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Andrew Woodhouse is a Lecturer in University of Liverpool Law School
It’s still unclear whether the UK’s withdrawal agreement with the EU will actually ever come into force. While it’s been agreed by EU leaders, serious doubts remain over whether it will be approved by MPs in Westminster. The prime minister, Theresa May, has assured UK citizens that the deal is the best that the UK can achieve, warning that without it, the country may crash out of the EU without a deal.
The agreement outlines a transitional period that will last from March 30, 2019 until 31 December 2020. This period could be extended for up to one or two years if both sides agree. But how will life for all UK citizens be affected by this transition period? What will change and what will stay the same?
It’s easy to forget that this agreement is just the first step in negotiations and there is still much to be decided in the future. The emphasis of the withdrawal agreement is on ensuring stability in both the EU and the UK while negotiations on the future relationship continue, based on the priorities set out in an accompanying political declaration.
With stability as its aim, a key aspect of the withdrawal agreement is the fact that it will keep nearly all of EU law in place until the end of the transitional period. This means that little will change for individuals and businesses during this time, with the UK essentially remaining in the single market during the transition.
Significant rules affecting people’s everyday lives, such as the right to travel to other EU countries without visa restrictions, will remain in place. The only exceptions to this are the areas where the UK already had opt-outs from EU law and certain rules in the area of EU foreign policy. Aside from this, UK courts are bound to act in conformity with EU law during the transition period, for which the EU and the UK expect to conclude a specific treaty in the near future.
The free movement of people will continue during the transition period, meaning EU citizens can continue to move here and work here and Britons can continue to move to rest of the EU. But new controls will be put in place, for example EU citizens living in the UK will need to register for a new government Settled Status scheme by June 30, 2021. If the option to add a year or two to the transition period is taken, then the deadline for this scheme will also be extended.
EU laws can often have an impact on the everyday lives of people in the UK. Notable initiatives in recent years include abolishing roaming charges in other EU countries which saves Britons money on phone bills when travelling to Europe, and abolishing credit card charge fees. Many might not be aware that these rules were made by the EU, especially when the UK government often tries to claim credit when such ideas are popular.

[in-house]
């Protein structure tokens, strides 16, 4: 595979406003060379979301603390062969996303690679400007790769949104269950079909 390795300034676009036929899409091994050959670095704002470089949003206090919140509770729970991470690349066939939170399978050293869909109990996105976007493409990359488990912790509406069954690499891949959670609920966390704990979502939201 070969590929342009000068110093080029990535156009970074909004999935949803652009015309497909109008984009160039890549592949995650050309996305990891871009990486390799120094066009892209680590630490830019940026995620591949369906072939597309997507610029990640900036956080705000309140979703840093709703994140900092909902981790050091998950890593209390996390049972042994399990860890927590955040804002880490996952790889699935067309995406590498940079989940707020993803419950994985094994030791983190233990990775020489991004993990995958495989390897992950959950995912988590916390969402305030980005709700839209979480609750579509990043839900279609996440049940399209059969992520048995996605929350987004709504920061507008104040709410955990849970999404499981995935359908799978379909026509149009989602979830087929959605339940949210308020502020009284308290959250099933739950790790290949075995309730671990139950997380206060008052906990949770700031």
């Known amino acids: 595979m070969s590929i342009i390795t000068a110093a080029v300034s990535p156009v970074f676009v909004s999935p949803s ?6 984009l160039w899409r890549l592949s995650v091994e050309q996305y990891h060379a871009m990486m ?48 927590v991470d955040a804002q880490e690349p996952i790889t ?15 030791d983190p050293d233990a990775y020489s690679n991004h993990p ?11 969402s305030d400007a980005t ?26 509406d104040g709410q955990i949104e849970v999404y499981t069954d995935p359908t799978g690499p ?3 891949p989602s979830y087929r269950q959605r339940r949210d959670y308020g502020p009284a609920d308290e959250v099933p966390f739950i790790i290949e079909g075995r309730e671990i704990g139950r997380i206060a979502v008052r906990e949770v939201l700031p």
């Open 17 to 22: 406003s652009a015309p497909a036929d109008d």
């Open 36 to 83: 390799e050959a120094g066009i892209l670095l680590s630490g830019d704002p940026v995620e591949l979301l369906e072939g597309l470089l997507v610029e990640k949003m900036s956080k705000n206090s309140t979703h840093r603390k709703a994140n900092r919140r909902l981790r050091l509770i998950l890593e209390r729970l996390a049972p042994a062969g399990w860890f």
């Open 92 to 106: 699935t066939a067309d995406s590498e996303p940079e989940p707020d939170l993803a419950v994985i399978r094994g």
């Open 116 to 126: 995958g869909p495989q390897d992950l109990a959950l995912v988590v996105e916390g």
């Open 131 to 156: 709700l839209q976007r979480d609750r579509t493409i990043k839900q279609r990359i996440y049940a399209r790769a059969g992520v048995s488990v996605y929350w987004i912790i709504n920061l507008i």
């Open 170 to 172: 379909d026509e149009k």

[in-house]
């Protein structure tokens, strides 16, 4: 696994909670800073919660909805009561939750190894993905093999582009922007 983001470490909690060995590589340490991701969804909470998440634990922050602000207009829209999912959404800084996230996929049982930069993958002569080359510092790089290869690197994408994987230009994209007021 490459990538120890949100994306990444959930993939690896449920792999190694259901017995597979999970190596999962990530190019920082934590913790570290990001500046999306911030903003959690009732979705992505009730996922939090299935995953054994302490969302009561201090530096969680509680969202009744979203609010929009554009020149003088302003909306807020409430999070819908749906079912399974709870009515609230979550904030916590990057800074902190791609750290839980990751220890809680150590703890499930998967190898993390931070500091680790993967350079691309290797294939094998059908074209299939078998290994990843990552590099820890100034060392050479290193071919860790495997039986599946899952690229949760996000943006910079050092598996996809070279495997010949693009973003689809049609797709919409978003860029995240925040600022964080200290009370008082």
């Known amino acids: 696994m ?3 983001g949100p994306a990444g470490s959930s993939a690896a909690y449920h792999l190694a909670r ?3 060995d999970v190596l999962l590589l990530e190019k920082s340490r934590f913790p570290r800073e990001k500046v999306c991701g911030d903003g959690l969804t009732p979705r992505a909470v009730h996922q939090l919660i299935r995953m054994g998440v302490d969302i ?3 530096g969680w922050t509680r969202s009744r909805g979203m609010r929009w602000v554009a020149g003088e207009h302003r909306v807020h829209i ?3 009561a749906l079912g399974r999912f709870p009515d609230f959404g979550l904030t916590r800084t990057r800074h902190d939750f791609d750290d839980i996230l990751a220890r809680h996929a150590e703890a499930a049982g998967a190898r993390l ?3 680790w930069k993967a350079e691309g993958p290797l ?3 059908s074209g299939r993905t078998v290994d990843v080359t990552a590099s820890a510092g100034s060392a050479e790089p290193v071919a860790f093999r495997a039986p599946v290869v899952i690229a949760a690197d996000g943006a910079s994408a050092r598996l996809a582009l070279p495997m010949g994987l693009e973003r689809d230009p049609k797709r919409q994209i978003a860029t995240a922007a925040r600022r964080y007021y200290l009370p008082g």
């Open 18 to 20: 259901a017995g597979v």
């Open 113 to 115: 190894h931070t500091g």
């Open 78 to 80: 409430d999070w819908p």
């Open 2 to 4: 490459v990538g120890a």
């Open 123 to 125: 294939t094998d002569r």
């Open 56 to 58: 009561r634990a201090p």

As well as continuing to apply old laws, the UK will also be obliged to apply any new laws which are passed during the transition period. One such law which would impact on people’s everyday lives is the proposed abolition of daylight saving time. As it stands, an EU directive requires all EU member states to put the clocks back on the last Sunday of October and bring them forward again on the last Sunday of March.
The EU Commission has proposed a new directive which could abolish these changes, leaving EU countries on the same time throughout the year. Under the terms of the withdrawal agreement, the UK would be bound by this directive if it comes into force, which may result in the UK remaining on “summer time” throughout the year in 2020.
One of the aspects of the agreement that has caused the most objection across the political spectrum is the fact that the UK must accept EU laws made during the transition period, without having any say on how they are made. As a member of the EU, the UK had the ability to object to legislation, or aim to shape it based on its preferences. Under the terms of the withdrawal agreement, the UK will have the same obligations, without the usual privileges in influencing the creation of law.
The UK will lose its representative in the EU Council and the UK members of the European Parliament. This means that the elections to the 2019 European parliament will be the first in which UK citizens won’t have the right to vote in. These changes will limit the ability of people in the UK to challenge and shape new EU legislation that will continue to affect them until the end of the transition period.
Aside from this loss of political power, very little would change for the UK and its citizens during the transition period. It’s after the end of any transition that more significant changes would take place, and part three of the withdrawal agreement describes how further separation would come into force. The Irish border backstop part of the agreement also ensures that there will be no hard border on the island of Ireland, even if the transition period expires without another trade deal being agreed.
So if the withdrawal agreement does come into force, it would be a gentle first step towards Brexit, with the potential for more significant changes depending on whatever future trade agreement takes shape as negotiations continue.
This article is republished from The Conversation under a Creative Commons license. Read the original article.
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